All in all, there has been a clear historic trend of increased demand and functionality in the air force, sparking a chain of innovation within the military domain, followed by the application of such enhanced technology to commercial aviation. As outlined, both World Wars substantiate this claim. Having said that, not all military technology has found use in civilian aircraft, nor have breakthroughs in commercial aviation always been co-dependent on the army.
Nevertheless, we have left a major question unanswered: How can more futuristic aircraft be accessible to the masses without any military conflict or investment as the driving force behind innovation?
Sustainable aviation could be an answer.
The aviation industry contributes about 3% of the global carbon dioxide emissions. With this number expected to increase due to the predicted long-run increase in demand, despite setbacks due to the current COVID-19 situation, there is tremendous pressure to develop sustainable (and even carbon neutral) solutions. Whilst the impact of green initiatives is debated, this article is drawn more towards exploring the potential technological solutions spearheading greener change.
Introducing some background on aeronautics, the fundamentals of optimising aircraft designs for sustainability remain unchanged. Namely: aircraft weight is minimised; fuel efficiency is maximised; aerodynamic profile is enhanced. Sometimes, the navigation systems can be improved as well. These concepts can easily be illustrated by looking at an example: the Flying V. The sleek concept is developed by KLM (national carrier of the Netherlands) and Delft University of Technology. It aims to reduce emissions by 20%*4 by integrating a range of ideas such as combining the cabin/ fuel tanks with the wing itself and using lightweight composite components (an in-depth technical discussion has been omitted as it is beyond the scope of this article). A sizable amount of interdisciplinary work has been invested in this project so far, coupled with optimism that the majestic aircraft takes it to the skies commercially. Yet, this is not planned to take place in the near future; multiple test flights, attractive investment, securing manufacturing contracts, and authorising safety certification may take decades. To put the timescale into perspective, wartime aircraft took mere months*. In fact, the overly mid/long-term nature of the technological solutions to tackling climate change in commercial aviation is a major challenge.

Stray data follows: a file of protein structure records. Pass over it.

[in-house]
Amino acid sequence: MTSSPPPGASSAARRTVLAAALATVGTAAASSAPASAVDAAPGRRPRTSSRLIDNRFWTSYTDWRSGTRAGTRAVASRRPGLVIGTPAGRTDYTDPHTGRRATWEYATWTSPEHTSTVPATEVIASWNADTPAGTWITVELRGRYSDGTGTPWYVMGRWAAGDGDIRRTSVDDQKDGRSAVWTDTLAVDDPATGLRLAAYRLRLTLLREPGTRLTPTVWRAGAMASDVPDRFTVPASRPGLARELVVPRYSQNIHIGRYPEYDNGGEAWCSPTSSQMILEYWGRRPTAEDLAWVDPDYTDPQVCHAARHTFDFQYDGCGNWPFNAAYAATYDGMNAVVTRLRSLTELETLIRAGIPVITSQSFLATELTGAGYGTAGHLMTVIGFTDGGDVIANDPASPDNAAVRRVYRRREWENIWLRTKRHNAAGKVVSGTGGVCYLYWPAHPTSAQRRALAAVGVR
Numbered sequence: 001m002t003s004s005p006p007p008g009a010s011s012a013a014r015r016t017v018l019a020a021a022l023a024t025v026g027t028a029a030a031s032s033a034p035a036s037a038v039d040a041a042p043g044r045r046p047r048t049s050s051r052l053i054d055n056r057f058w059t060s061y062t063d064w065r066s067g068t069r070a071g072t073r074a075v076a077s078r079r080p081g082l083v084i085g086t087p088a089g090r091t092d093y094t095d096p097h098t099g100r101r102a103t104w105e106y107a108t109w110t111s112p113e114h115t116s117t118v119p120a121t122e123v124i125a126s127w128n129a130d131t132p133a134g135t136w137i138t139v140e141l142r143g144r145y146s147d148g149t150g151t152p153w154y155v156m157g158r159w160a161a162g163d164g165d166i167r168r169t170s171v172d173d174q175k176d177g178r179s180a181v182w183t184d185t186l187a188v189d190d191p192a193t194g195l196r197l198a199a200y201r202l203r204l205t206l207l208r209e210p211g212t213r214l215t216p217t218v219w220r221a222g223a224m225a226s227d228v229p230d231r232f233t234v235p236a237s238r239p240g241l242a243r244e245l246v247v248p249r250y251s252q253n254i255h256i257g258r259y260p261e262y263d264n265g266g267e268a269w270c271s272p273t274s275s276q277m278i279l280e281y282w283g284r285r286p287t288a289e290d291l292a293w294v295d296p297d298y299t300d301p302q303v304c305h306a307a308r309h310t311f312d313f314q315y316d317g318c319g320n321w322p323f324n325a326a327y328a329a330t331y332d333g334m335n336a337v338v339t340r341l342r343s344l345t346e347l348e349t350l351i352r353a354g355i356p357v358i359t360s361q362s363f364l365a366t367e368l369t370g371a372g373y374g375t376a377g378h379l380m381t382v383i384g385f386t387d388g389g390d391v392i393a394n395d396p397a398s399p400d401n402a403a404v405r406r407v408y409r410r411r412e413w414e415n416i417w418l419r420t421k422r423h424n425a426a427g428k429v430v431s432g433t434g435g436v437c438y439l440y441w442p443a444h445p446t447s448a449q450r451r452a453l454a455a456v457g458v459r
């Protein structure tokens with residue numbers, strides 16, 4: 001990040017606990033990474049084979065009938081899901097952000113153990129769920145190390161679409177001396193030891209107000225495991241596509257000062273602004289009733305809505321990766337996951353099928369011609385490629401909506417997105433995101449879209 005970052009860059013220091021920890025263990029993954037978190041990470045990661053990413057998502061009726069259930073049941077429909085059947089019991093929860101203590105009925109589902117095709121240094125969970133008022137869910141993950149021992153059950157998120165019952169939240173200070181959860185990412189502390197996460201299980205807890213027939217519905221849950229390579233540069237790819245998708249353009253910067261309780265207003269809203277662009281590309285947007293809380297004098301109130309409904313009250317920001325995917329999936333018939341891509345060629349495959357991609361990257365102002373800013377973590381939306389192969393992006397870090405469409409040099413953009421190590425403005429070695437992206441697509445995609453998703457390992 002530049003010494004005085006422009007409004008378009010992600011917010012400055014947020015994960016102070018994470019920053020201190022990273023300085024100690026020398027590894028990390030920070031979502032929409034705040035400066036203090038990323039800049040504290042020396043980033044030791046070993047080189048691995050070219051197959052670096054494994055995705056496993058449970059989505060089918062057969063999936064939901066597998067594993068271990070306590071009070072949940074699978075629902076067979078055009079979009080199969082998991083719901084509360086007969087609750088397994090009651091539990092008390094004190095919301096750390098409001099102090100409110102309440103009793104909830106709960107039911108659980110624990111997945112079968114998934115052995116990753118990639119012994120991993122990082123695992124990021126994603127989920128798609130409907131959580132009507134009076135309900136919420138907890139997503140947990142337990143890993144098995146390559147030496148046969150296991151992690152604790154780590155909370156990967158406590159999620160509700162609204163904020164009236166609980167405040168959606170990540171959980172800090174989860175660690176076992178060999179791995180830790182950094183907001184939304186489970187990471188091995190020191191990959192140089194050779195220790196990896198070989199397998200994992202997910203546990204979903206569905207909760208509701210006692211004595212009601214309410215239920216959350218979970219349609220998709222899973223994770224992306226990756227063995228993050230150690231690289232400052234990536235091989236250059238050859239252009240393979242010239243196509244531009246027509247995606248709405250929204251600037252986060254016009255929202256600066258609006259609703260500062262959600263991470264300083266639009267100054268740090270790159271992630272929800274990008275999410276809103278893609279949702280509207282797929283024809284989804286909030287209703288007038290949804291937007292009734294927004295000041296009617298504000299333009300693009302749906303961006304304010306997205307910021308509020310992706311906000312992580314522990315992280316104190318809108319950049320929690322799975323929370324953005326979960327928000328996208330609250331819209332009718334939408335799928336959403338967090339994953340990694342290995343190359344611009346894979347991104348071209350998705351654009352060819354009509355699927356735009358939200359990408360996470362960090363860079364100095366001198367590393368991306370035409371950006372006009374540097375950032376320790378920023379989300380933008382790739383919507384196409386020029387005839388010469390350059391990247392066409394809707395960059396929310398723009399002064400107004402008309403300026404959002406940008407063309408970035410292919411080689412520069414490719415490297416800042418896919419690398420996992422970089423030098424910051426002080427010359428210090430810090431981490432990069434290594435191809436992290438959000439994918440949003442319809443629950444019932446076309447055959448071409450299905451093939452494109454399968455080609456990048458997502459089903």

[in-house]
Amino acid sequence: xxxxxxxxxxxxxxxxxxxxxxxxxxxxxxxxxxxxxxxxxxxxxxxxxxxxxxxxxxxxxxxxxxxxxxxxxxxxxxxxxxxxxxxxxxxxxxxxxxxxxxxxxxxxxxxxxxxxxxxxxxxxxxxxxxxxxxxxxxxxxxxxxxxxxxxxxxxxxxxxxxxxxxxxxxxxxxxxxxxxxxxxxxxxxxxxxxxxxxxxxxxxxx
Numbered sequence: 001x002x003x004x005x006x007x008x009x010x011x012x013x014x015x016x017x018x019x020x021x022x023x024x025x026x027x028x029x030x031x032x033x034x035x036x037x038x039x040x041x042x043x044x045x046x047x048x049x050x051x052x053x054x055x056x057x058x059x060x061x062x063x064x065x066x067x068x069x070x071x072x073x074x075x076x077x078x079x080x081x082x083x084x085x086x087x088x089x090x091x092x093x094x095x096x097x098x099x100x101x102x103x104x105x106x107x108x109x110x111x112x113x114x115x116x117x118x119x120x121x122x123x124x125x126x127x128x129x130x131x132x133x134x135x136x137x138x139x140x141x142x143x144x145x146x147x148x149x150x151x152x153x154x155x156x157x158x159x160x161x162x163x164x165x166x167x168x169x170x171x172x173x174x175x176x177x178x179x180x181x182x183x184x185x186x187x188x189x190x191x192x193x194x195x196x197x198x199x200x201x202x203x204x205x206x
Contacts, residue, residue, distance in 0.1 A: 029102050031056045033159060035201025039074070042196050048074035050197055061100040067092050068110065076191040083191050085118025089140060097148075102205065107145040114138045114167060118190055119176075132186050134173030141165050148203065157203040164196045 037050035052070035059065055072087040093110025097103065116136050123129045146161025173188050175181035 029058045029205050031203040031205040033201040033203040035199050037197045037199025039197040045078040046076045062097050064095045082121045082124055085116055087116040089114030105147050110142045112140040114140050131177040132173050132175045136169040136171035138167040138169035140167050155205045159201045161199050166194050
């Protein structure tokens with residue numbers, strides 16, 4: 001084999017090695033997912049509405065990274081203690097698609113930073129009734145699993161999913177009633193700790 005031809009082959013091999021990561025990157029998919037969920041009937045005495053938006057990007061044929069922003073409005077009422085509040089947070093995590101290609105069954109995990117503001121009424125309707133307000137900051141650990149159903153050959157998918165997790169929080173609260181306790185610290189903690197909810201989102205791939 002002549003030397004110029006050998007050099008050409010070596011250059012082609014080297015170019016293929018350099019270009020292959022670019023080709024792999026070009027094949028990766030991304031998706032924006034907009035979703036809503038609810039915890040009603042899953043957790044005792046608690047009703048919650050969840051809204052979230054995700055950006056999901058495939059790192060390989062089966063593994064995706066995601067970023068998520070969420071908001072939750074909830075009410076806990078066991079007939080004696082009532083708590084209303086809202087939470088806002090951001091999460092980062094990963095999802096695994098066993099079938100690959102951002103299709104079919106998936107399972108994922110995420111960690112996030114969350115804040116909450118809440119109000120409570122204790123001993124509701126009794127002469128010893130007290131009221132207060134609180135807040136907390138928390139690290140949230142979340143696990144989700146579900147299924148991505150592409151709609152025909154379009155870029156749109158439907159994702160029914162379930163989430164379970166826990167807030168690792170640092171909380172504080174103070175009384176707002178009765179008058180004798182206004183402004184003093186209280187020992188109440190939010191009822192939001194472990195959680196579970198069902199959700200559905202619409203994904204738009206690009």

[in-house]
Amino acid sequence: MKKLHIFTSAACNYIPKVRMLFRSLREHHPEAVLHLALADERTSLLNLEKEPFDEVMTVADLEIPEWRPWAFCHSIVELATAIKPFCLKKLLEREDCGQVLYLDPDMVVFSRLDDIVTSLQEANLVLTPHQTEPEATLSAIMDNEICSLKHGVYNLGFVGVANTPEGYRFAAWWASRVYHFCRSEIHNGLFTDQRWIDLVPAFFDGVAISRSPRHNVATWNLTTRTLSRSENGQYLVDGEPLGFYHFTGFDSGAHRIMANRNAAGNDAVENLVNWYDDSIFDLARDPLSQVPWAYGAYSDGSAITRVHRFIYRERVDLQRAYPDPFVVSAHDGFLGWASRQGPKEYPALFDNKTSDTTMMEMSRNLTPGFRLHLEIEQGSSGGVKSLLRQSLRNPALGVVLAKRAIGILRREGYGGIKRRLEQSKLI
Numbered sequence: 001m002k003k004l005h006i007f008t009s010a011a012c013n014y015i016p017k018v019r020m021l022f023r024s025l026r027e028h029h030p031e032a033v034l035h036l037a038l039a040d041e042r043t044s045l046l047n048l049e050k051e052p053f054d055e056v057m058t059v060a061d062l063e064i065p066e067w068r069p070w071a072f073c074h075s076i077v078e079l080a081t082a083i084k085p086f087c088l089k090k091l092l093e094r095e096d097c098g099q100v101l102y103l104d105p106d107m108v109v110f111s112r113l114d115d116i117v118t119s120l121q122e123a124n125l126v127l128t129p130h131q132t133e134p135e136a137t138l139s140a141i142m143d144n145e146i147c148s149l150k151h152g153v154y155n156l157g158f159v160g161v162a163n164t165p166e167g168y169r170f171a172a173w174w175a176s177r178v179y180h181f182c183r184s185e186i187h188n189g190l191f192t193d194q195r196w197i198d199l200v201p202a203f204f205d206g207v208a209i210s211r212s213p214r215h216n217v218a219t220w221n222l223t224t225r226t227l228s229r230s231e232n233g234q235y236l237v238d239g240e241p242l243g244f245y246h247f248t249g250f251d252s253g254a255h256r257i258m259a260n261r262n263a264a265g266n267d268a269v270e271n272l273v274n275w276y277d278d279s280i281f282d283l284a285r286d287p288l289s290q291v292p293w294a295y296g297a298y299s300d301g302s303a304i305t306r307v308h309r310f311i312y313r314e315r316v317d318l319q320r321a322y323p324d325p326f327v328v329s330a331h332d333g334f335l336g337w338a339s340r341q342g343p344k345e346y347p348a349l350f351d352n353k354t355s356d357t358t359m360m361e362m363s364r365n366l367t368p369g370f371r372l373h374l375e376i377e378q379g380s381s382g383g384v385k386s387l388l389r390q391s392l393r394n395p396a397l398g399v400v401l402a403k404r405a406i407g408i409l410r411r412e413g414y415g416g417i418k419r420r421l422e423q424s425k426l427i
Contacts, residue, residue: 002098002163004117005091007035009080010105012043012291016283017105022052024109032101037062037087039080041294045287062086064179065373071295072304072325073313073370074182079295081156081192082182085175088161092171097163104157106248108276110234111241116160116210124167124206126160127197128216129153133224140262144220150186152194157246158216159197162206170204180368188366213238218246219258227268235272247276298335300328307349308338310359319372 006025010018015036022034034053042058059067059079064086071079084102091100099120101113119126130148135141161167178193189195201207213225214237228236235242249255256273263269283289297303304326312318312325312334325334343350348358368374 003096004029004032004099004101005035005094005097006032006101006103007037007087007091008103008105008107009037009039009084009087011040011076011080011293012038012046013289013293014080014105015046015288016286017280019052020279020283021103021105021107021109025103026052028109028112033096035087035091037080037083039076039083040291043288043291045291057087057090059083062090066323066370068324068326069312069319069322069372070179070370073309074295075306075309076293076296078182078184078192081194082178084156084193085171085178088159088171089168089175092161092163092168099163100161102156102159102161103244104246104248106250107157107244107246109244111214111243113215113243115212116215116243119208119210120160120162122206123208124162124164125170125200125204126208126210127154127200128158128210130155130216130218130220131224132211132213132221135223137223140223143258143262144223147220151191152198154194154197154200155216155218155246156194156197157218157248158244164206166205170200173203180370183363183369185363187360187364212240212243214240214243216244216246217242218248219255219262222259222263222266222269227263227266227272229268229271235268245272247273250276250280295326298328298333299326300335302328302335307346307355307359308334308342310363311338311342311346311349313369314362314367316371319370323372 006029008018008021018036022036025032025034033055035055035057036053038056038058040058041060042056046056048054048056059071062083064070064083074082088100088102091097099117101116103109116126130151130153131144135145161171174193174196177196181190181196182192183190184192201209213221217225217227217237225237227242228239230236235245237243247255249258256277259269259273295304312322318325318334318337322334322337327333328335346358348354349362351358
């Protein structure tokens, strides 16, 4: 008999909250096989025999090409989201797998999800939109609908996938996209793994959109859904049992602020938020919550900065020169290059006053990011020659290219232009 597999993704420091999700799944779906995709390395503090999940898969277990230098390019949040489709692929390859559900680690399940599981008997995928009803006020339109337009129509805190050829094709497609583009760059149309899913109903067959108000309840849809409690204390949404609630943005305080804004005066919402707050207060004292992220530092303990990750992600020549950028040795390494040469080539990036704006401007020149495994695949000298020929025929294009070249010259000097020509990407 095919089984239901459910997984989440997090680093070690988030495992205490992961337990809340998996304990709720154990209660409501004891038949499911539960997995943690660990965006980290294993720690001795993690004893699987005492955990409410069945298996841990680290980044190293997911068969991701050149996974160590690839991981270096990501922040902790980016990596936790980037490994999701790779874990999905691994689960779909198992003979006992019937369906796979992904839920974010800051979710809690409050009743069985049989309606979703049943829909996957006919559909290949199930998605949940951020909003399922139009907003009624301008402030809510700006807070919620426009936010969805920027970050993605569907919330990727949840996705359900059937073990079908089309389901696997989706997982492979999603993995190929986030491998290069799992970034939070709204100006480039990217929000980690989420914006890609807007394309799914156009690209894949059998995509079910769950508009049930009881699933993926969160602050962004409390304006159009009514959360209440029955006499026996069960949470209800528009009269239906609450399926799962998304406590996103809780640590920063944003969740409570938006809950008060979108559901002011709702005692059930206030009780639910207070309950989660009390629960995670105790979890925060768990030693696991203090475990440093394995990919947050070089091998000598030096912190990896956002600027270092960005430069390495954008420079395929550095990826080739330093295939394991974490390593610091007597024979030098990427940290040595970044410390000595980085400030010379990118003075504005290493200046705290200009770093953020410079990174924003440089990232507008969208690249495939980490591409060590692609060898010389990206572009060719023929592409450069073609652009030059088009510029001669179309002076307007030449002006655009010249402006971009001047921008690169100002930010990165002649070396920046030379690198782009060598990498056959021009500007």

Sustainable aviation does have immense applications for public use, from both environmental and economic perspectives. The continued work towards achieving carbon neutrality may result in more innovative aircraft technology for commercial use in the future (or atleast incredibly inspiring prototypes). Yet, sustainable aviation is simply one of the recent players to propel aircraft innovation. Historically, a handful of ambitiously relentless pioneers and the armed forces resorting to the skies has driven aeronautical innovation, thus evolving civil aviation to become a quintessential aspect of today’s society.
*1 specifically, Airbus A380
*2 for a more technical discussion on Blackbird’s design, click on our previous article here
*3 (namely, Doughlas DC-3)
*4 compared to Airbus A350
This article is inspired by Delft University of Technology’s Intro to Aerospace Engineering 1 Course. The basis of some discussion points are taken from Prof. J Hoekstra and Prof. G. Saunder’s descriptions of aviation history.